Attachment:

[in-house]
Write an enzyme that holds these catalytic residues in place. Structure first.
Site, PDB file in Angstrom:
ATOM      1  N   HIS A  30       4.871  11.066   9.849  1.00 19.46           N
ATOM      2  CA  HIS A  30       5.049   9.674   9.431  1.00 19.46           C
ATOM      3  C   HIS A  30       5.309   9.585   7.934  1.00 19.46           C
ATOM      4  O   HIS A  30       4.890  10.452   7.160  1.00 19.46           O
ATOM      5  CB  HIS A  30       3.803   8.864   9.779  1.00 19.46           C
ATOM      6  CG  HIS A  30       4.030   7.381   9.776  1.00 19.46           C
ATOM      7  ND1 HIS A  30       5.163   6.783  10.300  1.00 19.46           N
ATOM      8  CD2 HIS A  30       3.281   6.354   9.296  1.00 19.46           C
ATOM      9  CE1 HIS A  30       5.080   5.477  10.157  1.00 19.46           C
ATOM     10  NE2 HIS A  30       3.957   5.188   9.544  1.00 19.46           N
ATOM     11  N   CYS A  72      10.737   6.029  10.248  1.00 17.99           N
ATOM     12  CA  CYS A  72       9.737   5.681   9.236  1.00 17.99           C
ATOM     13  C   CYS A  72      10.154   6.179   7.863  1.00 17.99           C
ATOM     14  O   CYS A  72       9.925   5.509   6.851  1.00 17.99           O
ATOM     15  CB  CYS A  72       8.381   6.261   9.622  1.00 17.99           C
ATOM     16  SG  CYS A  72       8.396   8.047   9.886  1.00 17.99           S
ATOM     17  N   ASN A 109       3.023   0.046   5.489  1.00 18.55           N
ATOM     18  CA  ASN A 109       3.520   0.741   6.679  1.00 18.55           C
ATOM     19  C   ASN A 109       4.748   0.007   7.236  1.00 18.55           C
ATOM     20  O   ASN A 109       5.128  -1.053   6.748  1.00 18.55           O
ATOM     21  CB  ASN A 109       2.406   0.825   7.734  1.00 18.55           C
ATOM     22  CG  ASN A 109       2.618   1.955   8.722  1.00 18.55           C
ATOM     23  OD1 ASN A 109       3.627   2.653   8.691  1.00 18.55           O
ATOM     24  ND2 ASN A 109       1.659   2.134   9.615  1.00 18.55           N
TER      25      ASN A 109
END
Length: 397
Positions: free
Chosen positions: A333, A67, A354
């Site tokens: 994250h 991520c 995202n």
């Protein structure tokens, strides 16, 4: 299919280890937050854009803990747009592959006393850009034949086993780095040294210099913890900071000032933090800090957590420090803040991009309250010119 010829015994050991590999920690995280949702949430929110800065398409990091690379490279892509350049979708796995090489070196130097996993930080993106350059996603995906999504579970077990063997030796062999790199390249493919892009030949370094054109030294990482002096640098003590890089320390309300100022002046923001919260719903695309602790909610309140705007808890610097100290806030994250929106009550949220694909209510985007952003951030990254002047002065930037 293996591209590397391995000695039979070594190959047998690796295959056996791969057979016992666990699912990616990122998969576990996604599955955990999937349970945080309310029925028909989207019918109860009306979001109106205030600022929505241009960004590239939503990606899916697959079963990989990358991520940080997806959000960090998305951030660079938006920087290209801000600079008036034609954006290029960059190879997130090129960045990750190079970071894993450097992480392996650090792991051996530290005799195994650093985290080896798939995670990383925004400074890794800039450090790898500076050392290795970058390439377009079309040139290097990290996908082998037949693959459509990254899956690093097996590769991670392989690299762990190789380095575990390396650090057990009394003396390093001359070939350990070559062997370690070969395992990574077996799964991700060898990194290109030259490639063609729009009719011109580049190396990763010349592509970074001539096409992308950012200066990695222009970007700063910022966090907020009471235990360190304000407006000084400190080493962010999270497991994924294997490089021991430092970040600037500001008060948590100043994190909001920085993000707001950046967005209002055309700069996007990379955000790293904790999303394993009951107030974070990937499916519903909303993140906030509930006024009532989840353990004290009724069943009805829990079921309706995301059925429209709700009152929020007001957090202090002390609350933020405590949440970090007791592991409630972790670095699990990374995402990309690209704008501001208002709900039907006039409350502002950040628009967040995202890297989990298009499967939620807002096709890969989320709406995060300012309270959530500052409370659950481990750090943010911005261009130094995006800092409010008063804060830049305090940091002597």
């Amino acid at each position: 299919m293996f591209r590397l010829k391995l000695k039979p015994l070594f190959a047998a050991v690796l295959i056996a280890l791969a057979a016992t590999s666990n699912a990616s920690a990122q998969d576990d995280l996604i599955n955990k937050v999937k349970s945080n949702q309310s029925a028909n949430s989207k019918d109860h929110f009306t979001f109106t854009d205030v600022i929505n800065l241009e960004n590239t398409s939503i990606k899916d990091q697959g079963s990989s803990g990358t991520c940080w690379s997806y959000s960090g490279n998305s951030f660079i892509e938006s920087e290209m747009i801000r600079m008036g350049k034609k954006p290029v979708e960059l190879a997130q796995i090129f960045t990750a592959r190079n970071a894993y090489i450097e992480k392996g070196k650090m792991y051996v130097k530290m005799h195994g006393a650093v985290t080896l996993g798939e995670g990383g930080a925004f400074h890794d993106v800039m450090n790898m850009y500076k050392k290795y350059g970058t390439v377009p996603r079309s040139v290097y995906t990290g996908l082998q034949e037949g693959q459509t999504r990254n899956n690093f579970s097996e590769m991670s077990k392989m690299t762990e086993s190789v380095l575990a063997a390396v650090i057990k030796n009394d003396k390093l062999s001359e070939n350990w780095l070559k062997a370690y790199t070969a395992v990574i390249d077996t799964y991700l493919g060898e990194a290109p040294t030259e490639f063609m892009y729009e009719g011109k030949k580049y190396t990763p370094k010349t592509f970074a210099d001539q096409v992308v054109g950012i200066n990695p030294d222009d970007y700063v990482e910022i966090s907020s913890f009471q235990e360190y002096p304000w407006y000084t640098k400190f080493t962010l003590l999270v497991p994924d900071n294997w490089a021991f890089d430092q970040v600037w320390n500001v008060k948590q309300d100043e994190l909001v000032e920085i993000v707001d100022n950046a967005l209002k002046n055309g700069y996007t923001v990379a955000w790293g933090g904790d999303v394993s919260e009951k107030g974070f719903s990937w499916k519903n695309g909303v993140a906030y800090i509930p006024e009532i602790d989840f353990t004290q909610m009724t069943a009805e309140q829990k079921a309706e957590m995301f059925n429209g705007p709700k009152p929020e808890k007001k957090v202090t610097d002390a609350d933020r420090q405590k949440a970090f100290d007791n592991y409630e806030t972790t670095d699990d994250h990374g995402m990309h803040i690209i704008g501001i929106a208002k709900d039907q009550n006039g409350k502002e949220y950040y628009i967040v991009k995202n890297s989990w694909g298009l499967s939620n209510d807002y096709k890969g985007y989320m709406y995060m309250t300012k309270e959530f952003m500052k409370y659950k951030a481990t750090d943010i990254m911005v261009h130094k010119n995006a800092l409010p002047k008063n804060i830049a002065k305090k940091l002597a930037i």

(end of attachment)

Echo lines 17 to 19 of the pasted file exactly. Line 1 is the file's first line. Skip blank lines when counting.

ATOM     14  O   CYS A  72       9.925   5.509   6.851  1.00 17.99           O
ATOM     15  CB  CYS A  72       8.381   6.261   9.622  1.00 17.99           C
ATOM     16  SG  CYS A  72       8.396   8.047   9.886  1.00 17.99           S